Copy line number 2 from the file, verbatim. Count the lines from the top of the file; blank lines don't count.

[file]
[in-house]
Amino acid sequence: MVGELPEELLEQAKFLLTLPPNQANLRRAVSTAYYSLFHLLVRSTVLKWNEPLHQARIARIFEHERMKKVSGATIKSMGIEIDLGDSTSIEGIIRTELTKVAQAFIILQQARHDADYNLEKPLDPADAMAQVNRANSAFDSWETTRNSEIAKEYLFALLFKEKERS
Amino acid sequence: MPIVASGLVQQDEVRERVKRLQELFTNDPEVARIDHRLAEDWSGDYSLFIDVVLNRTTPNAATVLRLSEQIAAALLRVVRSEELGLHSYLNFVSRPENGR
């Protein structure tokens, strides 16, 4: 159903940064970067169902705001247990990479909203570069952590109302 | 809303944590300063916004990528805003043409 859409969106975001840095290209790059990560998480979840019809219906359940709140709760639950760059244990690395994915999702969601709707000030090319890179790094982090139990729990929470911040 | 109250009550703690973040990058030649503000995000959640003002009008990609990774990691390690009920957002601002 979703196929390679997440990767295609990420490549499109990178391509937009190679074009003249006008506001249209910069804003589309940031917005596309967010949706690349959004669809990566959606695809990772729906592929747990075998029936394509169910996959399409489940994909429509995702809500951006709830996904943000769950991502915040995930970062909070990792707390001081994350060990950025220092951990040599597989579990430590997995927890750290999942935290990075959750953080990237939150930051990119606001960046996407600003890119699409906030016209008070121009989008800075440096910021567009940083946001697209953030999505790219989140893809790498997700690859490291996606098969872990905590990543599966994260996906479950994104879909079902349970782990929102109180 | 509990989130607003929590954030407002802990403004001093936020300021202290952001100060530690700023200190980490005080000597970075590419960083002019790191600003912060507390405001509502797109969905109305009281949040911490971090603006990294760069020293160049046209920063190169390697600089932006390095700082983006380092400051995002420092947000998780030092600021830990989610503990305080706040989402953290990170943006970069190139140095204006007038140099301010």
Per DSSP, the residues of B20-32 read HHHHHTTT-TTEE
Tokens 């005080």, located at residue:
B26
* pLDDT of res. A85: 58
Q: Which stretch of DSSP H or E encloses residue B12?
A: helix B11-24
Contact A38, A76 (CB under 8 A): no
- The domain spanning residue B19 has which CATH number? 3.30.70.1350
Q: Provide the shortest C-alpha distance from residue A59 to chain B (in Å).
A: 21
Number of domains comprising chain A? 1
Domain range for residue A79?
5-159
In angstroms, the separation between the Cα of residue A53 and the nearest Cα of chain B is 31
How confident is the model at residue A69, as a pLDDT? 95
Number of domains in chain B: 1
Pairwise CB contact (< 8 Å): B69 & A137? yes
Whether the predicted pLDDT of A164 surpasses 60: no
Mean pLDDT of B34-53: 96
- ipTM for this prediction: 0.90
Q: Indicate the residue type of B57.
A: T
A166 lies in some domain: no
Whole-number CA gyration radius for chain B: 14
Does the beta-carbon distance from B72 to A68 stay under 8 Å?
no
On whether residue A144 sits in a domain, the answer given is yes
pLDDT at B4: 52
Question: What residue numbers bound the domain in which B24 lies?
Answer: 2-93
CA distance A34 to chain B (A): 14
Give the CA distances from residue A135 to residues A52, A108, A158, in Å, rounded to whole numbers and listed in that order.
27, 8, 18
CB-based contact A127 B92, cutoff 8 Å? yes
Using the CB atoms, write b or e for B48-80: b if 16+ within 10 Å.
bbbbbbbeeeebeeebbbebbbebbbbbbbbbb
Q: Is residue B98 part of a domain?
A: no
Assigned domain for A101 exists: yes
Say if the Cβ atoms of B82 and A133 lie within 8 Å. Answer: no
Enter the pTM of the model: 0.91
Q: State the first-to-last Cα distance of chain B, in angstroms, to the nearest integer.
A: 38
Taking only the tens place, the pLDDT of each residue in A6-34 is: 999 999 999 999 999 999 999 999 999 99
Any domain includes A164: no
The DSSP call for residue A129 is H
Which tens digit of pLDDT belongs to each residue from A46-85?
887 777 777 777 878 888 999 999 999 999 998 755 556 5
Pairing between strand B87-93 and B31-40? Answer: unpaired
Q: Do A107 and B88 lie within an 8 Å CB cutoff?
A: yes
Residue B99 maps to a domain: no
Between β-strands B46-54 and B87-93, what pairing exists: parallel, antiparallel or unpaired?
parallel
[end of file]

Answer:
Amino acid sequence: MVGELPEELLEQAKFLLTLPPNQANLRRAVSTAYYSLFHLLVRSTVLKWNEPLHQARIARIFEHERMKKVSGATIKSMGIEIDLGDSTSIEGIIRTELTKVAQAFIILQQARHDADYNLEKPLDPADAMAQVNRANSAFDSWETTRNSEIAKEYLFALLFKEKERS